Battlepanda: Hot shots part Deux


Always trying to figure things out with the minimum of bullshit and the maximum of belligerence.

Friday, May 25, 2007

Hot shots part Deux

Reader Biomed Tim questioned the article I wrote detailing the case of a man who got more than a dozen ulcers after going on a hot-pepper regime in an attempt to lose weight. His doctors maintained that the chili diet gave him the ulcers and that they cleared up soon after he was told to lay off the hot stuff. Tim disagreed with the diagnosis in the comments to this post:
Hmm...unlike you, I do NOT trust the doctor's judgment on this one...'cuz it's BAD SCIENCE. [snip]

There is no evidence that hot-pepper diet can lead to weight loss by itself, but NOR is there any evidence that the diet causes ulcers, as the Taipei Times article seems to suggest. (in fact, ulcers are often caused by bacterial infection)
After doing some web searching, it seems that WebMD and some other sites have Tim's back.

So to get to the bottom of this, I decided to get some second docs, can eating hot peppers lead to ulcers?

(Doc 1: Chief gastroenterologist, Taipei area medical center): It's possible. It's not a leading cause like Helicobacter Pylori, but I have seen it in some individuals. (When asked why no study supports this) When you're practicing you come across a lot of individual cases who are not explained by large-scale studies.

(Doc 2: Chief gastroenterologist, Taipei area medical clinic): Hot peppers are among a wide number of irritants that can lead to ulcers in some individuals. Not everybody is sensitive to it just as nobody is sensitive to aspirin. If the timeline is as the doctor in your story summerized, I would believe him. (When asked why no study supports this) Individuals vary very widely when it comes to sensitivity. I have seen a patient so sensitive to aspirin he developed ulcers after one isolated dose.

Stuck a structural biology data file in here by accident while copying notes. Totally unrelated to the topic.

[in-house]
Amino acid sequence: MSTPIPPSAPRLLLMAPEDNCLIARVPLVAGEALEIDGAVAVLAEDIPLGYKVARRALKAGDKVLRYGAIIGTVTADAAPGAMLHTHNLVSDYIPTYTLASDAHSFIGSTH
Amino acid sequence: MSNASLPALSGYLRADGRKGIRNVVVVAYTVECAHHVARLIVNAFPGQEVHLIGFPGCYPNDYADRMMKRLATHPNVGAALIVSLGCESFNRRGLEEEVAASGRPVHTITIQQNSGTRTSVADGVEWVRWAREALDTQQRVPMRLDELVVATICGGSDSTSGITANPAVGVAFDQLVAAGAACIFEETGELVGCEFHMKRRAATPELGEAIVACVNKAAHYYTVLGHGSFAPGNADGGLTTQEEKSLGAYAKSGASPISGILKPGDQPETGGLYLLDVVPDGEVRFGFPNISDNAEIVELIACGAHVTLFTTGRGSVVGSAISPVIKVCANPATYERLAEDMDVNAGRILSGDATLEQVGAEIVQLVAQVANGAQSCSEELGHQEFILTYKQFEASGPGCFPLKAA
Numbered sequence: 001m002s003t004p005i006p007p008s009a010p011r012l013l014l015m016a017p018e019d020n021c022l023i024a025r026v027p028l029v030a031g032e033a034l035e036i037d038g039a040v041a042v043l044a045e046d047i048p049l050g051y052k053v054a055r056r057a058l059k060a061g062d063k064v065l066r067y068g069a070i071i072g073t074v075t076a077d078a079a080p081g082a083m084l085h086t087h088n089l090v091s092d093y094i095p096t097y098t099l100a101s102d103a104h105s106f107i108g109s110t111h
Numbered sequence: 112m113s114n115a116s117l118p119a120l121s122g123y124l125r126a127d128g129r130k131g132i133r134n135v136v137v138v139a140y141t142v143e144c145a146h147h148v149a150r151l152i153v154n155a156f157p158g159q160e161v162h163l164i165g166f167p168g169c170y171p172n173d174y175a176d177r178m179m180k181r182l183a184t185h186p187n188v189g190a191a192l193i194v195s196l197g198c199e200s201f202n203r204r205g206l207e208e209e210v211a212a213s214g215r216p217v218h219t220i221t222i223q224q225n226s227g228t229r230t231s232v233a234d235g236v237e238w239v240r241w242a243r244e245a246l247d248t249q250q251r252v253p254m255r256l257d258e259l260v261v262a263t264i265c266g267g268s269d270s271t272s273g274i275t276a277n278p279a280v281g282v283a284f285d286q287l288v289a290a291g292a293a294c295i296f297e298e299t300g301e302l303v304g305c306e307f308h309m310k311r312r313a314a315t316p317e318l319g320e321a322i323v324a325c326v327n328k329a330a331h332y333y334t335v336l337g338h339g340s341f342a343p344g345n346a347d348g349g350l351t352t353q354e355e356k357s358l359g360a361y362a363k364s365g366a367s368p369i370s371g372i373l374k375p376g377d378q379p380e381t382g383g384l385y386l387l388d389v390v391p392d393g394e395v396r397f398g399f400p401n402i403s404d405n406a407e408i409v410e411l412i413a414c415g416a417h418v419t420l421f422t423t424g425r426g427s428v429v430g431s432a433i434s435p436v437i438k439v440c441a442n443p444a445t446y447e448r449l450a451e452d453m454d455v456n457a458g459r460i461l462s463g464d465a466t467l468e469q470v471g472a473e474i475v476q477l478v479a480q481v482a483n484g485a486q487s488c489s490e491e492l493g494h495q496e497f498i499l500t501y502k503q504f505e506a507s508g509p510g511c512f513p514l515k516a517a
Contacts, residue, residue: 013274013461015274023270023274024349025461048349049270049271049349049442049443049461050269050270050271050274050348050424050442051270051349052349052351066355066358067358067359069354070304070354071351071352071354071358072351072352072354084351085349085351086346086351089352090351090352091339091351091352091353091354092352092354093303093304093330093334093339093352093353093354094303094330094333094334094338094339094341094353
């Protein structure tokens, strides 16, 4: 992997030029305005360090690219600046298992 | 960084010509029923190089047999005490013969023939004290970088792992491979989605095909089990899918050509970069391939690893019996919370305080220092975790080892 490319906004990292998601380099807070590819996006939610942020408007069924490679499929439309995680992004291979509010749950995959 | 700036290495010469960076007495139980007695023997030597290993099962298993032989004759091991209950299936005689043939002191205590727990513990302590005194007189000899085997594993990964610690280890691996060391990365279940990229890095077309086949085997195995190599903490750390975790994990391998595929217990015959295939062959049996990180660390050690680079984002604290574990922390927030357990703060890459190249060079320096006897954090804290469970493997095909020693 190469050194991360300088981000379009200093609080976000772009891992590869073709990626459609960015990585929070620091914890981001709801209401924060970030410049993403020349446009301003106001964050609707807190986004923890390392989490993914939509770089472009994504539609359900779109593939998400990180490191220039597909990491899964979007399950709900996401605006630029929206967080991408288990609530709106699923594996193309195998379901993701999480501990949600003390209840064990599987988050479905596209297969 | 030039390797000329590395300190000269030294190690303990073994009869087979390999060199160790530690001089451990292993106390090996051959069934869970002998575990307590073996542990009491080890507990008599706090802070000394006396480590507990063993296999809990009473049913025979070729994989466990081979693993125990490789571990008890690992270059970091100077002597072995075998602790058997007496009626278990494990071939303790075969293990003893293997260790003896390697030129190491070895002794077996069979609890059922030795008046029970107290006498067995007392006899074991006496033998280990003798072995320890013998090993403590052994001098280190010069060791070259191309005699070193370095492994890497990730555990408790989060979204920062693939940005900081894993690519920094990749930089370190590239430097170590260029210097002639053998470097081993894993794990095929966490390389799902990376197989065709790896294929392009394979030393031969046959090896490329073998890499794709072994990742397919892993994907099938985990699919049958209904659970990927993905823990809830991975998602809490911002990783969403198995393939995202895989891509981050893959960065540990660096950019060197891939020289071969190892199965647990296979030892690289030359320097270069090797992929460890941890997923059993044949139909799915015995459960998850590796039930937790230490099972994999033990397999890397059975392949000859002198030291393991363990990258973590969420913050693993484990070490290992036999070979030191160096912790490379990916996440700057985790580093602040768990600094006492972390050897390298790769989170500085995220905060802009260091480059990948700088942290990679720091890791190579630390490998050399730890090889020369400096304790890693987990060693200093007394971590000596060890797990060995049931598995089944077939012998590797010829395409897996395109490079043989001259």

(Doc 3: Gastroenterologist, Taipei area big-ass hospital. OK I'll say it. It's Taida.): Seventy percent of ulcers are caused by H. Pylori and the rest are caused by a variety of factors. Usually with H. Pylori, you get one or two ulcers. It is more common to find more smaller ulcers where irritants is the cause. (When asked whether the Dr. Hsiao is warrented in saying that the chili diet caused the man's ulcers)However, there is no literature whatsoever supporting the contention that chiles cause ulcers. If the heat of the peppers caused the ulcers, why no ulceration in the mouth? Why don't people in Sechuan have more ulcers? (So is Dr. Hsiao wrong?) I don't know. But his word is not evidence. How do we know that there were not some contributing factors that coincided with the chili consumption? It is true that many doctors encounter what look like cases of ulcers caused by hot-peppers in their practise. But can we say for sure that that it is truly a cause? Not without scientific studies. (Would you ever advise an ulcer patient to lay off the pepper?)Only after I have ruled out H. Pylori, painkillers, smoking and stress.

And finally I got through to Dr. Hsiao again. He confirmed that the patient was not taking painkillers and had no H. Pylori infection and reiterated his belief that chili, though not a major cause, do indeed irritate the stomach lining enough to cause ulcers in a small minority. "I myself cannot tolerate a spoonful without painful irritation," he said.

So, do hot pepper cause ulcers in a small minority of the population? I guess it depends who you ask. But unless you're pooping black stools and can find no other reason why you might have ulcers, keep eating it.